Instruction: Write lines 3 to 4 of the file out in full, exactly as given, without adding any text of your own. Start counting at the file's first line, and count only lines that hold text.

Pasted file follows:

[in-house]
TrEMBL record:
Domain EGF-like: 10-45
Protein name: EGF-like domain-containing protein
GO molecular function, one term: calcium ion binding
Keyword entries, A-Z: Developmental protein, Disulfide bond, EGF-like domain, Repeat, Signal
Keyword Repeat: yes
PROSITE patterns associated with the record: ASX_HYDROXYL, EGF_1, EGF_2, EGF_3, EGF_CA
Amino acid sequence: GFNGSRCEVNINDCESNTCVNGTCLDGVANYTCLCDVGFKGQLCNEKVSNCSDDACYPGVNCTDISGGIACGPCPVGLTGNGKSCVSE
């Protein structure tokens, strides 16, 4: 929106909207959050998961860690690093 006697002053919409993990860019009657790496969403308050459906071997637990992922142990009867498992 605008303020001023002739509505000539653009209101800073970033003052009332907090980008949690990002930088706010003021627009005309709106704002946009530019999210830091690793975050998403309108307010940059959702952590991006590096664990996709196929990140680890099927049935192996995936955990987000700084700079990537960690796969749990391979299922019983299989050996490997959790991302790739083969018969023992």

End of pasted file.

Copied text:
Domain EGF-like: 10-45
Protein name: EGF-like domain-containing protein